For example, alternative forms of exchange and currency can help steer and direct economic activity towards local resilience and community empowerment. Community land trusts decommodify housing, taking it out of the speculative market and, at their most radical, can work as a commons where communities collectively use and care for the land and each other. And, collective forms of production and labor–like worker-owned cooperatives–work against alienation and individualism, enabling workers to decide for themselves how and when to labor– balancing the needs of the business, the workers, and the community. It’s no surprise that worker cooperatives tend to be more just, more resilient, more involved with community and movements, and better for local economies than conventional businesses.
The gathering grounded the SE framework in concrete efforts and initiatives discussed throughout the weekend. Organizations shared what they were up to. And conversations and workshops fleshed out challenges and possibilities for SE. On Saturday, one concurring session discussed the Mondragon Corporation in Spain, the largest assemblage of worker-owned cooperatives in the world, employing roughly 80,000 workers. The workshop facilitator discussed their interviews with about 50 worker-owners of Mondragon and how they incorporated the lessons they learned into their own cooperative in the United States. Some practices included the importance of wage solidarity, the creation of a rotating management committee, and merging with other worker-owned cooperatives. After visiting the Mondragon Corporation, the organizer declared to the group, “They have figured it out. They solved it.”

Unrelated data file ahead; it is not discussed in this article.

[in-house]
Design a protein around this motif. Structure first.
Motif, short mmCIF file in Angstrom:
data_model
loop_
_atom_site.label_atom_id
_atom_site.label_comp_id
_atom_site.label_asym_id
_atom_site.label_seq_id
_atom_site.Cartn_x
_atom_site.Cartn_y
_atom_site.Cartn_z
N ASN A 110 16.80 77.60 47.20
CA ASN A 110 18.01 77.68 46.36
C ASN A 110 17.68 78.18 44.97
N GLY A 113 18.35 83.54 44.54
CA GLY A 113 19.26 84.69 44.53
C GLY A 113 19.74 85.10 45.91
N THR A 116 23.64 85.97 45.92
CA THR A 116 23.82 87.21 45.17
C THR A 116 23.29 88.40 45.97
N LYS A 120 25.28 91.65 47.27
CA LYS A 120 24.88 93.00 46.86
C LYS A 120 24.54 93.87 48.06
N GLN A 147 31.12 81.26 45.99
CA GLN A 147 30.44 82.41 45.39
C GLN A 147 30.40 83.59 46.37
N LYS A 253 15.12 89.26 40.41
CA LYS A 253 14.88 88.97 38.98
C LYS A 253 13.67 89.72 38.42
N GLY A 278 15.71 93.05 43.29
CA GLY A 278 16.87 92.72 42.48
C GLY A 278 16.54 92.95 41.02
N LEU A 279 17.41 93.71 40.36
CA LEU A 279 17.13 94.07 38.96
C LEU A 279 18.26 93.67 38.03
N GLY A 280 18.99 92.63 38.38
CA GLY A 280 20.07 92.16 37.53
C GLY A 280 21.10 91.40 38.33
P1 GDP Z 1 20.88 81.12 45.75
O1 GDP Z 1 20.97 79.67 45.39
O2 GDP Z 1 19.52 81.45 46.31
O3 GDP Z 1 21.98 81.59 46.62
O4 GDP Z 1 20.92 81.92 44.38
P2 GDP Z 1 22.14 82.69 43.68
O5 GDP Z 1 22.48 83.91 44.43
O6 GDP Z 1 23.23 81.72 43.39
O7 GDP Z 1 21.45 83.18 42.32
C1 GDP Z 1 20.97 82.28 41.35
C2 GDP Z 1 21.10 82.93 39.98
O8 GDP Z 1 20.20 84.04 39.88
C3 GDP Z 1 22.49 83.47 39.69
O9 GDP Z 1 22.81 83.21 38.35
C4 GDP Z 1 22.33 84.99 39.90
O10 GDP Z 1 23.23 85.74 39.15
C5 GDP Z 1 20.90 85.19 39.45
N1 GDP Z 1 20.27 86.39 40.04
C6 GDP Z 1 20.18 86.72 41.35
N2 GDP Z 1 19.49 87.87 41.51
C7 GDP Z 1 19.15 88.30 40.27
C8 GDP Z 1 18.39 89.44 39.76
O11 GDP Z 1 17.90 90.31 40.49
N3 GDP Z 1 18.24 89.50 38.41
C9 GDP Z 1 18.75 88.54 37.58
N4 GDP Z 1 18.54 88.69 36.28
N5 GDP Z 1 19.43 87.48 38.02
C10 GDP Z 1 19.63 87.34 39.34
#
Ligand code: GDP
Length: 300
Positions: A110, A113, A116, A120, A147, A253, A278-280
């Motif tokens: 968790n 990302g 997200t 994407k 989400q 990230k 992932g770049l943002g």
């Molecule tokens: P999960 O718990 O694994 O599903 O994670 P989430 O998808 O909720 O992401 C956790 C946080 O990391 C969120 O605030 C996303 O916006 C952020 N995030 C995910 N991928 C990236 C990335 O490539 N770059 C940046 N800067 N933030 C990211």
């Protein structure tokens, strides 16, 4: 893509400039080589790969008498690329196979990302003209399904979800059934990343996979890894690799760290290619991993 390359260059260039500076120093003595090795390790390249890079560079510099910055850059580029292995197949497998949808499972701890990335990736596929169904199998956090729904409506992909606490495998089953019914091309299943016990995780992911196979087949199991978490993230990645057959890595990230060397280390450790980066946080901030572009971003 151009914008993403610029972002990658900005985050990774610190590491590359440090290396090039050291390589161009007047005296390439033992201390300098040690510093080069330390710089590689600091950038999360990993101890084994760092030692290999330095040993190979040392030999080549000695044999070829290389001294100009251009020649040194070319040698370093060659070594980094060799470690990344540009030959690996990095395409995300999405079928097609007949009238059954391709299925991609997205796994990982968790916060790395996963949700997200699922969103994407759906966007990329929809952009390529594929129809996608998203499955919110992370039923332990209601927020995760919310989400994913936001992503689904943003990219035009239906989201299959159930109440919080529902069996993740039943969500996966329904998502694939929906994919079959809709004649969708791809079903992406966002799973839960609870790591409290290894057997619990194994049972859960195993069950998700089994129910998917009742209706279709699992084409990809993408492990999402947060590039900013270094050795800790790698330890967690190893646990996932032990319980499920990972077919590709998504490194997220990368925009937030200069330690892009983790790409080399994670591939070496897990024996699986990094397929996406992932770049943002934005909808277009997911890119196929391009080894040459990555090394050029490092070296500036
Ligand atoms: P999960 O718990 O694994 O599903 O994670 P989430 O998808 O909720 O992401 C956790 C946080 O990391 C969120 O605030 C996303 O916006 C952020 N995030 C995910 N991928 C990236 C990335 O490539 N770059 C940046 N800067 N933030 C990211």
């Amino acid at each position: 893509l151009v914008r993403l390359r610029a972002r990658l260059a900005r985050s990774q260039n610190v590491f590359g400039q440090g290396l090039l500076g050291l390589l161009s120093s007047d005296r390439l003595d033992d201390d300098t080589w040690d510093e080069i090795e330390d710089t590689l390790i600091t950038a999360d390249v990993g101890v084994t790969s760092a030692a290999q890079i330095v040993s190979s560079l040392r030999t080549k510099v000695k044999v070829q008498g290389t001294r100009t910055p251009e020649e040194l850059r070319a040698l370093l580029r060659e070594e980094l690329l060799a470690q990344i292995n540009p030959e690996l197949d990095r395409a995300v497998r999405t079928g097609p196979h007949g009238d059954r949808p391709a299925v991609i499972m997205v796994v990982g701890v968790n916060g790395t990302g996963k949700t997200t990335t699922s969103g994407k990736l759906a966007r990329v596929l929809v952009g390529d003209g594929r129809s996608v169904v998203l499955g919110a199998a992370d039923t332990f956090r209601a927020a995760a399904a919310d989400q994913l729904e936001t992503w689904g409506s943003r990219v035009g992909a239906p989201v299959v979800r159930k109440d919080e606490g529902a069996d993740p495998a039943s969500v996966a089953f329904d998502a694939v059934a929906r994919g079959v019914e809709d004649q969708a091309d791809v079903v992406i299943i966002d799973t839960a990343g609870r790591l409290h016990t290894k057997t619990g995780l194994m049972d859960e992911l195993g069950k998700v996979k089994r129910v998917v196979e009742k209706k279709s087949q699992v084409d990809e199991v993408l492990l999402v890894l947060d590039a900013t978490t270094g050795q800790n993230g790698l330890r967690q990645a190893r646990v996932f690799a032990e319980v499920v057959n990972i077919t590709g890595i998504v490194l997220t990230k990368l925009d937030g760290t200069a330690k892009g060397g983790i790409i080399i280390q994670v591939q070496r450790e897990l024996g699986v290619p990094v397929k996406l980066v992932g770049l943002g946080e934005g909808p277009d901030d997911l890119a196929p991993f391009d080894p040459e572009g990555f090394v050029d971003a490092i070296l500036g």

Solidarity Economy In Massachusetts
In Massachusetts, the cooperative movement and a broader SE politics is very much in the making. On the one hand, the SE activity taking place over the past decade is remarkable. For example, Massachusetts has the third most worker-owned cooperatives of any state, with nearly ⅓ formed in the past 5 years At an organizational level, there are numerous, growing local and regional initiatives aimed towards a post-capitalist politics. And the Massachusetts Solidarity Economy Network (MASEN) is the only such statewide network of its kind.